> > I got no response from this so I'm resending. I'm
> > sure others have been faced with this...
> > How would you analyze a retaining wall that extends
> > to form a 10 foot high masonry fence for seismic forces?
> > With a parking lot at the retained side, would the surcharge
> > load need to be included? What weight would you
> > use for the seismic mass? (Fence portion or the wall
> > in its entirety?) It seems there are several ways
> > to look at it and all yield somewhat different results.
> > Mark Pemberton, P.E..
If you read a geotech report, they will typically give you a higher active
pressure for seismic loading. In the past, I have assumed that
the load factor for a seismic active pressure loading would be 1.4.
For a standard soil pressure loading, the load factor is 1.7. My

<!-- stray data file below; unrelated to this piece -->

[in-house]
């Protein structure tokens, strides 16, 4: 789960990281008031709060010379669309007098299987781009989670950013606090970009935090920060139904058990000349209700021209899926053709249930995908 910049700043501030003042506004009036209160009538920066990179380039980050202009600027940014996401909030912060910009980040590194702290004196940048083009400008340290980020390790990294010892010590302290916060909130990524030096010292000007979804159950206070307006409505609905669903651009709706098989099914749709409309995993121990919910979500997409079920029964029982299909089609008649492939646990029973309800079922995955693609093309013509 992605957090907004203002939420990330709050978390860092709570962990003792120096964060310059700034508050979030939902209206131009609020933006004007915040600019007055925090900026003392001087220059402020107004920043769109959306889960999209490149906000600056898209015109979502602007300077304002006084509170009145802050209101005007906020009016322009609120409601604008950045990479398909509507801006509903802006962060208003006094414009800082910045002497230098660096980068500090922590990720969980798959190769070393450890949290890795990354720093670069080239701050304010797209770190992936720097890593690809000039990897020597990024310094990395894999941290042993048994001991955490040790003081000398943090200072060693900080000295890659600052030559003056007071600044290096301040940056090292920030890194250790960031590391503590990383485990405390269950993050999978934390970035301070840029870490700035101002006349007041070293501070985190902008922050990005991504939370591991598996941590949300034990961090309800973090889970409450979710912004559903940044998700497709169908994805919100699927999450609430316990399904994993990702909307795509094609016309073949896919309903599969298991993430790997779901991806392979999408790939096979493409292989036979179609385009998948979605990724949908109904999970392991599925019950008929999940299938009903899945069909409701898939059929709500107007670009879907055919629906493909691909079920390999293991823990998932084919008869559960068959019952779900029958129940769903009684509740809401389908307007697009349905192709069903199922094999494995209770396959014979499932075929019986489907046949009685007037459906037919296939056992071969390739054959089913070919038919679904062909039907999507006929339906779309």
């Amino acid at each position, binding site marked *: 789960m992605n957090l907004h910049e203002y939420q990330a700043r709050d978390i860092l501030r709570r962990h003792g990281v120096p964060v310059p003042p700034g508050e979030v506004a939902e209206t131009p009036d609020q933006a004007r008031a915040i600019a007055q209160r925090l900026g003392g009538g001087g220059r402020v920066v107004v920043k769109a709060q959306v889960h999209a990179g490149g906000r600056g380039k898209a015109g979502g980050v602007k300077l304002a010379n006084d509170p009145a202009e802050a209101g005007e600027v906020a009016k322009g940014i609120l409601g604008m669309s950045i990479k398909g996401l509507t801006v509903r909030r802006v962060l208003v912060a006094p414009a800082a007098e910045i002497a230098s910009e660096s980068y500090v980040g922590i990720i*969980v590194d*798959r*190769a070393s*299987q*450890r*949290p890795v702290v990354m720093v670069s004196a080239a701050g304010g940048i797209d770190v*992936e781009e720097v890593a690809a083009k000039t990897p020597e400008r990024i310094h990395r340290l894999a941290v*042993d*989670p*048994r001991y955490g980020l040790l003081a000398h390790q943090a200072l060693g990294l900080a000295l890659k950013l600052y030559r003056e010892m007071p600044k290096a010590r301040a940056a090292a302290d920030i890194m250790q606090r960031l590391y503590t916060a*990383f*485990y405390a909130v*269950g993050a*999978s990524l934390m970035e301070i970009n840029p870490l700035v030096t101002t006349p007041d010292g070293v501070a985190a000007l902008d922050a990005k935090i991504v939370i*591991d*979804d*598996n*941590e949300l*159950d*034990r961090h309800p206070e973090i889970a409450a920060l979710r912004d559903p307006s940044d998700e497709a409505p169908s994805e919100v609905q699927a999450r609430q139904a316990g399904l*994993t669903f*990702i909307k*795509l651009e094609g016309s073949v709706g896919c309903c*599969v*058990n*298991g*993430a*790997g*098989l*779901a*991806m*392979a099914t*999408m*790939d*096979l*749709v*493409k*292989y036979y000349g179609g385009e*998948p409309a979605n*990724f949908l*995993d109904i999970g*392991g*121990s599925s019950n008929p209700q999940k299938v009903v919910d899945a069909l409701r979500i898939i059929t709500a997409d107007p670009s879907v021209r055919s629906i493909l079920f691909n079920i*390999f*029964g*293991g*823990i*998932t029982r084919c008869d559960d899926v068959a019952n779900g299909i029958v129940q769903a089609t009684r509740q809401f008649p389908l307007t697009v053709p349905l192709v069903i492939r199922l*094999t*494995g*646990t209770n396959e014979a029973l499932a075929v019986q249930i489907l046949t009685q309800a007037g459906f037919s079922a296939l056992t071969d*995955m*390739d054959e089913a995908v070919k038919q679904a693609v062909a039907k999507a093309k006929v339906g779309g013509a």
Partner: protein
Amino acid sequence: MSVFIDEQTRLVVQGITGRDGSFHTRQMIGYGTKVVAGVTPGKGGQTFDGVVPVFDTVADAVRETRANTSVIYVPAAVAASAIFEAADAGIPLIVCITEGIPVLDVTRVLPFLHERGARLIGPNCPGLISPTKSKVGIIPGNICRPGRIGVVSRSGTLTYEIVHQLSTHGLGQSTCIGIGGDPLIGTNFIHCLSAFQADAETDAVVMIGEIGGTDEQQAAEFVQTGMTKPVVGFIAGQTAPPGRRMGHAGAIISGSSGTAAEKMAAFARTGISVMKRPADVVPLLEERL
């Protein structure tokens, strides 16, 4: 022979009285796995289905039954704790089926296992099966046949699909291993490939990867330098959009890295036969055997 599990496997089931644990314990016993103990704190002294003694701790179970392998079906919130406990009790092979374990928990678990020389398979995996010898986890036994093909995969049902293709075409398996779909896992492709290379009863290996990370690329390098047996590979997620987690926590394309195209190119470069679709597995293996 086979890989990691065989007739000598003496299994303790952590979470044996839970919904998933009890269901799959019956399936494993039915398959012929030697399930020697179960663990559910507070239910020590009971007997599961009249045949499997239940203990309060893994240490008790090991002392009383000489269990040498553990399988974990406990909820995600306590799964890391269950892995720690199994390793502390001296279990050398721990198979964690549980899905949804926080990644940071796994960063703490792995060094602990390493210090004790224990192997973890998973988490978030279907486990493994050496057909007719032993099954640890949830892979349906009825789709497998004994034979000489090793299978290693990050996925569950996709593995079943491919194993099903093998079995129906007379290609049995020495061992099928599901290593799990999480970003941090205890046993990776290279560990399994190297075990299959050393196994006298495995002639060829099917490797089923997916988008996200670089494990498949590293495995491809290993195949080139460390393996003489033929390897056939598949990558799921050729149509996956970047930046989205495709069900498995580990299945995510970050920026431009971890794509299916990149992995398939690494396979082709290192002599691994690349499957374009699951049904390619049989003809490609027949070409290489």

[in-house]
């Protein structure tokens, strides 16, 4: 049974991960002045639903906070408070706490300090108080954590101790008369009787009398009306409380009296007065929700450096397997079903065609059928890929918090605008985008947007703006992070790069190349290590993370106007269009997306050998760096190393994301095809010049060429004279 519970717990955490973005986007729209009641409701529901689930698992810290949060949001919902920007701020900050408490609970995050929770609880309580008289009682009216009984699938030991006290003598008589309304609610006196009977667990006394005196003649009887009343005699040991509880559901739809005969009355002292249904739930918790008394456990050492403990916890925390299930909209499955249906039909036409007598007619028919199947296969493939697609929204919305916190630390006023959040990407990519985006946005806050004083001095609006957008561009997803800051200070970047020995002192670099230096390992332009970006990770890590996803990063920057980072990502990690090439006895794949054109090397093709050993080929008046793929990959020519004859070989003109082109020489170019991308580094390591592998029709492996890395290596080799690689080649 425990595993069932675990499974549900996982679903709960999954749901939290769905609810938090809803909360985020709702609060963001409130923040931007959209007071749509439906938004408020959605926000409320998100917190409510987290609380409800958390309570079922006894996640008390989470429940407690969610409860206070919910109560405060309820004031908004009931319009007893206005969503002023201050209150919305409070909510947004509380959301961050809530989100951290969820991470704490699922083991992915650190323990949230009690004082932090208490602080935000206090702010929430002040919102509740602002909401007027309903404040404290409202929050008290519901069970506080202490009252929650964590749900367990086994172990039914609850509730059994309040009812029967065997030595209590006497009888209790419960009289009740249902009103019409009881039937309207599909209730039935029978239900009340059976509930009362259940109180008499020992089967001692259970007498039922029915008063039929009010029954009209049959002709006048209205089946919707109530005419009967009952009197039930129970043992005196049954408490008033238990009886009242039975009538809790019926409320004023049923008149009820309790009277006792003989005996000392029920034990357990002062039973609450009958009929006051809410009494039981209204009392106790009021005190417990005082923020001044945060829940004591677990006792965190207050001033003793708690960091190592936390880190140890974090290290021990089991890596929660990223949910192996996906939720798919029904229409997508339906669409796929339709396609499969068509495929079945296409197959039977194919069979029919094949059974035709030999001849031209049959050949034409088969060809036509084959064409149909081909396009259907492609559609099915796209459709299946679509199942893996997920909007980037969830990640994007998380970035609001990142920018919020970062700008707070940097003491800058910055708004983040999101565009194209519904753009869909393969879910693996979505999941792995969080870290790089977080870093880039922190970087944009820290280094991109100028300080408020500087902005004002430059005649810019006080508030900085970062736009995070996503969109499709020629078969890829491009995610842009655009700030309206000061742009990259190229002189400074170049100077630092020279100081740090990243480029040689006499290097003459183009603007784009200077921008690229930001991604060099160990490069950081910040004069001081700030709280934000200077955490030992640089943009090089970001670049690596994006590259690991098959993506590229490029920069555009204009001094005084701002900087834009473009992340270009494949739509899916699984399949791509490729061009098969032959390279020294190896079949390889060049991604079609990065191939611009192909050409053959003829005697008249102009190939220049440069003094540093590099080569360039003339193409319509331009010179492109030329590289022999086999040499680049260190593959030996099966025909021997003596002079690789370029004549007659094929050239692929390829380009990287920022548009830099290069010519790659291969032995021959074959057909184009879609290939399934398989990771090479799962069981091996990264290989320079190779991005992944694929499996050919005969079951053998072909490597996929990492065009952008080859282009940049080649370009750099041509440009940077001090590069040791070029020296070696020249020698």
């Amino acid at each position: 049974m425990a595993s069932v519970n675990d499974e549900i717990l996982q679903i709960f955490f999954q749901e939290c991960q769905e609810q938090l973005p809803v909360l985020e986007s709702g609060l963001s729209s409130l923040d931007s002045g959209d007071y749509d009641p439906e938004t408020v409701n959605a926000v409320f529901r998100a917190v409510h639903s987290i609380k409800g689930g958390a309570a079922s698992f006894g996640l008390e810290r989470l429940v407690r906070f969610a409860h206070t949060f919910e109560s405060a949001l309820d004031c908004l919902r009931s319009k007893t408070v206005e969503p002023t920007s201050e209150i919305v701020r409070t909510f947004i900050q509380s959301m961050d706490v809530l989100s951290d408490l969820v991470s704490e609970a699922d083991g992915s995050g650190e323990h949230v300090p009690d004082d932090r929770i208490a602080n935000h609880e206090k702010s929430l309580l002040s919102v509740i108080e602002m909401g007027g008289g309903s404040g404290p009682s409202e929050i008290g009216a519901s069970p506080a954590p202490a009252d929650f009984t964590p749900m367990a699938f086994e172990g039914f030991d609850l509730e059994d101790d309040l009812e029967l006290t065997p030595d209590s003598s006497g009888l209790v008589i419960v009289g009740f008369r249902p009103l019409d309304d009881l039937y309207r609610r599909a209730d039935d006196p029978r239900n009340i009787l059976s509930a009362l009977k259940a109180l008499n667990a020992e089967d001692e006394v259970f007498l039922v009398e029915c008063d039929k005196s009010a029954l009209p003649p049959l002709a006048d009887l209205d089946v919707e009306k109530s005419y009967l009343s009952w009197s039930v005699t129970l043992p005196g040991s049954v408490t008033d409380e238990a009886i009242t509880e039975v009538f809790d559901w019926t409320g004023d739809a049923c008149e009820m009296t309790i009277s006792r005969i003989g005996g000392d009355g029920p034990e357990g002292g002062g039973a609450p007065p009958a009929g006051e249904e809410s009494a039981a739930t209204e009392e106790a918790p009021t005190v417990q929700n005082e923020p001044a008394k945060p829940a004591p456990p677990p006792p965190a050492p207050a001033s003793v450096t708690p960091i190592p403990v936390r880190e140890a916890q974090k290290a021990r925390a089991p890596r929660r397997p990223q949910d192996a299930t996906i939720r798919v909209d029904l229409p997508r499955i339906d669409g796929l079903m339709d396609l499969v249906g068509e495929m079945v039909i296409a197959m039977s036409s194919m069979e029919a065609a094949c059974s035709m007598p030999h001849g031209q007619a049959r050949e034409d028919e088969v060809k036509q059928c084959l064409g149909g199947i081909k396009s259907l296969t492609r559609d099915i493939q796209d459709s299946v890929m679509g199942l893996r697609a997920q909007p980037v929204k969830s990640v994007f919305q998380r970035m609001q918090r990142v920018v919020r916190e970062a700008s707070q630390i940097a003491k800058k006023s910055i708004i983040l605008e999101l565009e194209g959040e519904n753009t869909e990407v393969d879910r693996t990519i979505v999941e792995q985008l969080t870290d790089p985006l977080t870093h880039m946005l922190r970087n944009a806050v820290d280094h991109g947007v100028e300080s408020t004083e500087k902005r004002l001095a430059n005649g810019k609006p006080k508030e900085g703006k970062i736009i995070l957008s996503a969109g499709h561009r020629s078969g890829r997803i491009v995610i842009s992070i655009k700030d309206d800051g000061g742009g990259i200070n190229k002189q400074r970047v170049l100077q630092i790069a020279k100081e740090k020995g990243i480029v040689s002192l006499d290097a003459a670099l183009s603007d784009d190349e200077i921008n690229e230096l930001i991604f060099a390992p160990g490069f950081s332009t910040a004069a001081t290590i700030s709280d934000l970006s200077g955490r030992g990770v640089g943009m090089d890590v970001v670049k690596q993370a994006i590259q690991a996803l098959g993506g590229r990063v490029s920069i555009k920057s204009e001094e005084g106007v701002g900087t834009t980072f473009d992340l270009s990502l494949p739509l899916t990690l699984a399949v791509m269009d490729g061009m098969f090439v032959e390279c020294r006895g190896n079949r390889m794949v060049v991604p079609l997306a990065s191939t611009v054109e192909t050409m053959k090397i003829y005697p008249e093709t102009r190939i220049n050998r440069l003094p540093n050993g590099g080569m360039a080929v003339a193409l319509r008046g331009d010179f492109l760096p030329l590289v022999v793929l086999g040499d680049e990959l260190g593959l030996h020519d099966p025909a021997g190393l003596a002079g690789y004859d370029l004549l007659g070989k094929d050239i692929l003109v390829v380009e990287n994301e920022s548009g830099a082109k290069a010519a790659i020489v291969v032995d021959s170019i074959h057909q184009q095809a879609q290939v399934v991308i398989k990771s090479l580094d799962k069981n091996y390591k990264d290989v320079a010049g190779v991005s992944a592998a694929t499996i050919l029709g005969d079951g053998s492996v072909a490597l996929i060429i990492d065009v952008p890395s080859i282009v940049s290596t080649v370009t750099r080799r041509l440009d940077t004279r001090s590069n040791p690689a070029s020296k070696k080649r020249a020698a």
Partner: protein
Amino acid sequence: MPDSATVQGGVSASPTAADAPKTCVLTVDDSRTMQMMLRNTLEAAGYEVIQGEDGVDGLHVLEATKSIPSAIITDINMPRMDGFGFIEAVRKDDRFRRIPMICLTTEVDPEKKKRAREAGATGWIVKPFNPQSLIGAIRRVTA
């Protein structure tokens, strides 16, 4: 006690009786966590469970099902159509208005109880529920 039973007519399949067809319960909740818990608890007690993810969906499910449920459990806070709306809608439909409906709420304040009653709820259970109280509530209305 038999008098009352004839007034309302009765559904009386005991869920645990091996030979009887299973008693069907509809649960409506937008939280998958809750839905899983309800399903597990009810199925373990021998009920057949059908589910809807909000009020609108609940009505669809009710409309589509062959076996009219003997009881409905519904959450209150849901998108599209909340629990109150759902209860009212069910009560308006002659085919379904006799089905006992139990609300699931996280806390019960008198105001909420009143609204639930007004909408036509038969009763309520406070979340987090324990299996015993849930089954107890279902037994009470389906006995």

reasoning is that I'm willing to take more risk during a seismic
event, than for typical everyday loading. In most of the reports
I have seen, the difference between the seismic active pressure, and
the standard active pressure is not significant enough to make up the
difference in load factors.
Now for your question. I assume that you would have two controlling
cases. The first would be standard soil pressure loading with the surcharge
included at a load factor of 1.7. The second case is the seismic loading.
It seems unreasonable to include the live load surcharge along with the
seismic loading. The UBC only "makes" you include a portion of the live
load in the seismic dead weight if it is over a 100 psf. I'm assuming a
lot live load of 50 psf. The weight for the seismic mass would include the
masonry fence, and the concrete wall of the retaining wall. You don't
need to include the footing. In checking your soil bearing, I believe that
it is reasonable to take a 1/3 increase.
My feeling is that you will probably get nearly identical results for the
Hope this helps.
Dan Goodrich, P.E.